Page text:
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Client Alert - California Enacts Online Privacy Protection Act: Is Your Privacy Policy in Compliance?


As of July 1, 2004, operators of commercial websites (or other online services) that collect personal information about consumers in California—such as a name or email address—must conform to the requirements of California's Online Privacy Protection Act ('the Act').1 The Act affirmatively requires persons or entities that collect such information to adopt a privacy policy and conspicuously post that policy on their websites. Prior to the Act, privacy policies were encouraged by the Federal Trade Commission, but were not mandated.

According to the Act, you must conspicuously post a privacy policy that (a) identifies the categories of personally identifiable information that is collected and the categories of third-parties or entities with whom that information may be shared; (b) describes your process for allowing consumers to review and request changes to personally identifiable information collected through the website or online service, if you have such a procedure; (c) describes the process by which you notify consumers who use your website or online service of material changes to your privacy policy; and (d) identifies the effective date of your privacy policy.

A 'conspicuously posted' privacy policy includes a policy that appears on the website's homepage or first significant page thereafter or that may be accessed by a hyperlink or text link that appears on those pages. If accessible by hyperlink or text link, the link must contain the word 'privacy' and must appear in a color that contrasts with the background of the web page or be otherwise distinguishable. For online services, this requirement may be satisfied by any reasonably accessible means of making the privacy policy available to consumers of the online service.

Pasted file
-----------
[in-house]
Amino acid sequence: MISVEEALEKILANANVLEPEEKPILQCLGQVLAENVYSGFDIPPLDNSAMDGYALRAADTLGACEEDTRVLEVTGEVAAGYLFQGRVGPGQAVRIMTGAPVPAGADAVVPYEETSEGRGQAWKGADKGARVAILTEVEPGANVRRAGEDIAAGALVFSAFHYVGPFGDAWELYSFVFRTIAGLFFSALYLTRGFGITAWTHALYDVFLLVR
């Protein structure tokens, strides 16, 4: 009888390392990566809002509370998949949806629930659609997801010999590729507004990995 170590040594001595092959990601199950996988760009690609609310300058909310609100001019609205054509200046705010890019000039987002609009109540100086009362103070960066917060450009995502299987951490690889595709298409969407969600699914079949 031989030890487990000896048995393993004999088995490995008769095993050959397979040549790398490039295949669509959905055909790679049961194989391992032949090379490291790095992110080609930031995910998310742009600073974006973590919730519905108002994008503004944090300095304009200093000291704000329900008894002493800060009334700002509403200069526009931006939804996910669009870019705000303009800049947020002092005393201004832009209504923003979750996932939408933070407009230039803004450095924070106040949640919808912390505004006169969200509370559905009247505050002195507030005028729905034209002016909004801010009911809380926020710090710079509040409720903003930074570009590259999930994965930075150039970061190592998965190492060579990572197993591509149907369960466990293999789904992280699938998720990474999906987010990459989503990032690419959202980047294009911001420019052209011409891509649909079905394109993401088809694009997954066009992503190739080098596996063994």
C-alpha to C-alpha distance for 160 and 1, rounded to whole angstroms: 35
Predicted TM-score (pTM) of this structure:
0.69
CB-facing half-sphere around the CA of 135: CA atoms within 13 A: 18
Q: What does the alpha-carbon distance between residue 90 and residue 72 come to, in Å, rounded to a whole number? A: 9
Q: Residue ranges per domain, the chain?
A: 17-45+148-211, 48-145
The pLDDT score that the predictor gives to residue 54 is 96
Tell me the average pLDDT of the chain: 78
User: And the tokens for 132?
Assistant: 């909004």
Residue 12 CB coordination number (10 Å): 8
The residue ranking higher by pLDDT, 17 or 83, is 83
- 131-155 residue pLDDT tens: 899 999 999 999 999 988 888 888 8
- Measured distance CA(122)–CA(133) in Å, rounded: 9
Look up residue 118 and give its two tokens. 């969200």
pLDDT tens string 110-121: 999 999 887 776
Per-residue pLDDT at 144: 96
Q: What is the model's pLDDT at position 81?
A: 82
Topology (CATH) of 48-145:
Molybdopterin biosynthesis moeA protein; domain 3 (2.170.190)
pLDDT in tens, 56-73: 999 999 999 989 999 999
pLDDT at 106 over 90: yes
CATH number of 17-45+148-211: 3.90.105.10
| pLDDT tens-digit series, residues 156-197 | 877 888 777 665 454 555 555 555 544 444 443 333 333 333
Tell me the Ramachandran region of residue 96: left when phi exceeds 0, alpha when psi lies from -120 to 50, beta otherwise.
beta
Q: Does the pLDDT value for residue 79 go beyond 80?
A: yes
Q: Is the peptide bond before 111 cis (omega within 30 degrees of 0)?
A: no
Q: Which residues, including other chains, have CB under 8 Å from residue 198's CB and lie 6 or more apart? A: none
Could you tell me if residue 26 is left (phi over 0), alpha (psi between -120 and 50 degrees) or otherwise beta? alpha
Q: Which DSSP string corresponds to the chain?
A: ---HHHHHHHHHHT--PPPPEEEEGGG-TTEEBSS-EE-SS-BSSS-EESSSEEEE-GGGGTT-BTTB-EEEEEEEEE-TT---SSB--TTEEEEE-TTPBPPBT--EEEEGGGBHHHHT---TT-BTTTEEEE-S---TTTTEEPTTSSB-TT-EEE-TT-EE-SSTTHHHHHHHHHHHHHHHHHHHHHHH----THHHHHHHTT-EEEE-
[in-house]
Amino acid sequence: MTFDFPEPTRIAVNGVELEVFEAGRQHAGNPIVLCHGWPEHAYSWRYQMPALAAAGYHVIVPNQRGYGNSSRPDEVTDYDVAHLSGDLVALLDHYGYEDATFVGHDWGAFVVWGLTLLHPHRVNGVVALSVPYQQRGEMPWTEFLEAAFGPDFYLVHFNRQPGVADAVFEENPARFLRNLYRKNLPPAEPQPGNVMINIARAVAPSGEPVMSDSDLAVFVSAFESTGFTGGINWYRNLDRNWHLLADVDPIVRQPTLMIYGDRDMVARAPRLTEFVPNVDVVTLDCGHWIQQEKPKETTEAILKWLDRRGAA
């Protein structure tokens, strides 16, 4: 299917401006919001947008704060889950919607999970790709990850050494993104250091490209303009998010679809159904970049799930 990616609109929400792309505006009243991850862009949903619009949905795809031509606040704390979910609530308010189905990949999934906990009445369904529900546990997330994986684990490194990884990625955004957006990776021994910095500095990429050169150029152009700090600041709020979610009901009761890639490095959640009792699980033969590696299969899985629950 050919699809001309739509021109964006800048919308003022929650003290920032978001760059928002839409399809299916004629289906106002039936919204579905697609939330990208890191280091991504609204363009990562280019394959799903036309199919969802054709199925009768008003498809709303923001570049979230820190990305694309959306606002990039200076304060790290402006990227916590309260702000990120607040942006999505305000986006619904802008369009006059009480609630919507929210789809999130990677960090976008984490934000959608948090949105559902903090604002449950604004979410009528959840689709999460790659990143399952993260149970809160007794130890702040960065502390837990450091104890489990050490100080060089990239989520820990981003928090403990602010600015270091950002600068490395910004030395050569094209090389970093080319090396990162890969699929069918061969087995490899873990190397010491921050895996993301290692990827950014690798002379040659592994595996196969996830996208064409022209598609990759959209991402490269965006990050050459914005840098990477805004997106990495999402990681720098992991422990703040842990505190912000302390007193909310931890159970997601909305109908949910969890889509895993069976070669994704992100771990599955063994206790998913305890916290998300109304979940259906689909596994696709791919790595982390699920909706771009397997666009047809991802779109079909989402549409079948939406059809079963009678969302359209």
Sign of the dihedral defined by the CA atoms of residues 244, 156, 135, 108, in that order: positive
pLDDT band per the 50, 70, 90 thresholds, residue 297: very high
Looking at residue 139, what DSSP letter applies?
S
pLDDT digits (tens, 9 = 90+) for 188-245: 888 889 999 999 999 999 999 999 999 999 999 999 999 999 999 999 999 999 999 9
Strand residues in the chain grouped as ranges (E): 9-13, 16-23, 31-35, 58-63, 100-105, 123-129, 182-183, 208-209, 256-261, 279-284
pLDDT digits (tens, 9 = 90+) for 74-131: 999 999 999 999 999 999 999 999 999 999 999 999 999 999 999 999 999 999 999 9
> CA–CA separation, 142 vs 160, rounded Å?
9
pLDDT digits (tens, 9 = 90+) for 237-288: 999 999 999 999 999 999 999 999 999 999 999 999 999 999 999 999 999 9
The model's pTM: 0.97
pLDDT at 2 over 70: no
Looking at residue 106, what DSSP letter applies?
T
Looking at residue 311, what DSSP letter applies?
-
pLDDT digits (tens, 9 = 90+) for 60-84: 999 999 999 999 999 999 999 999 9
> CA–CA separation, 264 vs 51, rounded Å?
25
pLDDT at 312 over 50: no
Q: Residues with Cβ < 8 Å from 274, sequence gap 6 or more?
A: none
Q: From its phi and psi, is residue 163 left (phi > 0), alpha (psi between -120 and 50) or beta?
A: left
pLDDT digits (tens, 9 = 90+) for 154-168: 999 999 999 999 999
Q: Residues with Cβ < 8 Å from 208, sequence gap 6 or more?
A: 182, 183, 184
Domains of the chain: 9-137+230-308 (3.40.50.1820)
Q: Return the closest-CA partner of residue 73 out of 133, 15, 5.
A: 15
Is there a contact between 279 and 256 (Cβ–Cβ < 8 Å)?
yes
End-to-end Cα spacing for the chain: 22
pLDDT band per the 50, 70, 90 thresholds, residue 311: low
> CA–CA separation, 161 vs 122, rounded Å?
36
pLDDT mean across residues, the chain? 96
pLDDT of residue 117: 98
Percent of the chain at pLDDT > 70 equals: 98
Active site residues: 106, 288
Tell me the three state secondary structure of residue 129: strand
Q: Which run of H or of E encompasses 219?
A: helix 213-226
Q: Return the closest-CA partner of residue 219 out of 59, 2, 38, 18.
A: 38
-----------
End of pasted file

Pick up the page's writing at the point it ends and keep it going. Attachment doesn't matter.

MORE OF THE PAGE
An operator will be in violation of the Act if it fails to post its privacy policy within 30 days of being notified of noncompliance or if it 'knowingly and willfully' or 'negligently and materially' fails to comply with its posted privacy policy. Violations of the Act are enforced through California's Unfair Competition Statute and civil actions for enforcement may be brought by the Attorney General, District Attorney or City Attorney.2 Private parties may also assert claims for violations of the Act. Remedies include fines and injunctive relief.

The effect of the Act extends far beyond California's borders. If you collect information from California residents, you should make sure that you implement a privacy policy that conforms to the Act's requirements, as well as a policy for investigating and responding to complaints under the Act.

We welcome the opportunity to assist you in reviewing your current privacy policy or preparing a new one that conforms to the Act's requirements.

For more information, please contact Meichelle R. MacGregor.

1  Cal. Bus. & Prof. Code § 22575–22579.
2  Cal. Bus. & Prof. Code § 17200 et seq.

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